All of this was Trump's fault: he picked someone without the proper experience or vetting. Then, when the decision blew up, he shrugged and wondered in public why his nominee would want to be put through such a process in the first place. He spoke like a bystander who had nothing to do with it.

If Jackson withdraws, as seems likely, the difference between how Bush and Trump handled their missteps is instructive. Bush stuck with her until she withdrew on her own, never hinting in public that he had made a mistake. (Miers stayed in her job at the White House for more than another year.) He later took responsibility for putting her through the ordeal. Bush's sin was extreme loyalty to a personal friend.

With the Jackson pick, Trump has managed to be simultaneously reckless, thoughtless and disloyal, by publicly undermining his friend at the first hint of trouble.

To borrow Bush's analogy, it's as if Trump fed someone to a pack of wolves and then asked him why he wanted to be eaten alive in the first place.

Indiana Coronavirus Cases

Data is updated nightly.

Cases: 996341

Reported Deaths: 16245
CountyCasesDeaths
Marion1343262101
Lake658231151
Allen57160791
Hamilton45963460
St. Joseph43954607
Elkhart35546503
Vanderburgh31975473
Tippecanoe27694256
Johnson24821440
Hendricks23647353
Porter22735362
Madison18538404
Clark18383248
Vigo17274300
Monroe15117197
LaPorte14987249
Delaware14931256
Howard14574286
Kosciusko12166147
Hancock11597175
Bartholomew11447179
Warrick11225188
Floyd10983214
Wayne10840248
Grant9898217
Morgan9361176
Boone8819115
Dubois8210129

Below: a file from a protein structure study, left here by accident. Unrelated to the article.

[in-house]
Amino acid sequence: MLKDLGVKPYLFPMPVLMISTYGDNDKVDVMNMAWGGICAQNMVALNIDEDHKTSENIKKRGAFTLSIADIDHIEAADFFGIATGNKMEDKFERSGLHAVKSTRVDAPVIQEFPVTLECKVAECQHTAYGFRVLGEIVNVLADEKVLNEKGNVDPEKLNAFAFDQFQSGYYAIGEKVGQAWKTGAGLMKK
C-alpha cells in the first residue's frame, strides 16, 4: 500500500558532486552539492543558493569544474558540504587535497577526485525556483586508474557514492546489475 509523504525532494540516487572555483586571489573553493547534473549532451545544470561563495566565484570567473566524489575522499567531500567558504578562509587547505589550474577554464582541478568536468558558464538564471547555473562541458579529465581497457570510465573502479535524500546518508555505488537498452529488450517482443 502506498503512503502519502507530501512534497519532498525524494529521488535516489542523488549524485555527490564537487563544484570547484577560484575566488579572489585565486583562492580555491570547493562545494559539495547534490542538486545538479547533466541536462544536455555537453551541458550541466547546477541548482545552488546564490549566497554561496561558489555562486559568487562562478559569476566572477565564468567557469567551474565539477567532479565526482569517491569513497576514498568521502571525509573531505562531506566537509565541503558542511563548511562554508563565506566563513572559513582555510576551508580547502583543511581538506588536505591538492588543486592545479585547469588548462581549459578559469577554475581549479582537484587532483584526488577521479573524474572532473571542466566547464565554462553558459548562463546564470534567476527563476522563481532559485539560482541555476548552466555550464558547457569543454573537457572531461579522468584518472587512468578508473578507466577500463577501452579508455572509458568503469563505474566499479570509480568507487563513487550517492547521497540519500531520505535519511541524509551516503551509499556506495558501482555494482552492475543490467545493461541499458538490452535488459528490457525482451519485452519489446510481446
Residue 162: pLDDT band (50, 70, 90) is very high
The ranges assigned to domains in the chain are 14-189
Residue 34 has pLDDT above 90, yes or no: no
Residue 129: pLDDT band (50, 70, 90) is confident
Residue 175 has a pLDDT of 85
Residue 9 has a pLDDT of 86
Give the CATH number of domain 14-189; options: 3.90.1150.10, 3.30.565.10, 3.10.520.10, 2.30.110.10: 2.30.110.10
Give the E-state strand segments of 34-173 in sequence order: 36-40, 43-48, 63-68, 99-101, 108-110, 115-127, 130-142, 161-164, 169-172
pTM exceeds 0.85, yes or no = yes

Dearborn815492
Henry8107150
Noble7944106
Marshall7786134
Cass7462119
Lawrence7379168
Shelby7115114
Jackson691788
Gibson6480113
Harrison641591
Huntington630299
Knox6269105
DeKalb623796
Montgomery6184109
Miami586595
Putnam573477
Clinton567171
Whitley558055
Steuben550473
Wabash5250101
Jasper520475
Jefferson504695
Ripley492485
Adams472773
Daviess4596112
Scott433968
Greene421196
Wells419787
Clay418460
White414261
Decatur4118101
Fayette402186
Jennings383260
Posey374243
LaGrange352078
Washington352049
Randolph339999
Spencer336442
Fountain331858
Sullivan326652
Starke310868
Owen310169
Fulton304566
Orange290562
Jay278445
Perry264452
Franklin262742
Carroll258232
Rush257232
Vermillion254254
Parke229726
Pike227343
Tipton225659
Blackford187840
Pulaski181155
Crawford158122
Newton155648
Benton150117
Brown144047
Martin137319
Switzerland133911
Warren120116
Union106615
Ohio84012
Unassigned0532

Ohio Coronavirus Cases

Data is updated nightly.

Cases: 1494160

Reported Deaths: 23327
CountyCasesDeaths
Franklin1623021662
Cuyahoga1442512412
Hamilton1042291409
Montgomery729771240
Summit607921094
Lucas55462904
Butler50923707
Stark457361053
Lorain34972568
Warren32373369
Mahoning30168672
Clermont27861321
Lake26543434
Delaware23920162
Licking23442283
Trumbull22420552
Fairfield22117241
Greene22014311
Medina21673305
Clark19567349
Richland18260280
Portage17616247
Wood17174220
Allen15672269
Miami15305296
Muskingum14481174
Columbiana13656263
Wayne13538263
Tuscarawas12415298
Marion11760175
Scioto11336154
Pickaway11264141
Erie10613180
Ross10425196
Lawrence9638137
Hancock9504149
Ashtabula9410197
Belmont9086197
Geauga8795157
Jefferson8455191
Huron8193139
Union809156
Washington8009137
Sandusky7677145
Athens767072
Knox7571138
Darke7530151
Seneca7184144
Ashland6776125
Auglaize664896
Shelby6392111
Brown627382
Crawford6159130
Mercer606793
Defiance6059102
Fulton590596
Highland587199
Madison585776
Clinton575190
Logan569092
Guernsey568467
Preble5640121
Putnam5238108
Williams516784
Perry511761
Champaign502971
Jackson495470
Ottawa477886
Coshocton468382
Morrow449056
Pike429962
Fayette420760
Adams409987
Gallia409865
Hardin409276
Van Wert362378
Henry357171
Holmes3549122
Hocking350378
Wyandot316561
Carroll295459
Paulding275145
Meigs257849
Monroe212153
Noble195646
Morgan190132
Harrison177842
Vinton161724
Unassigned05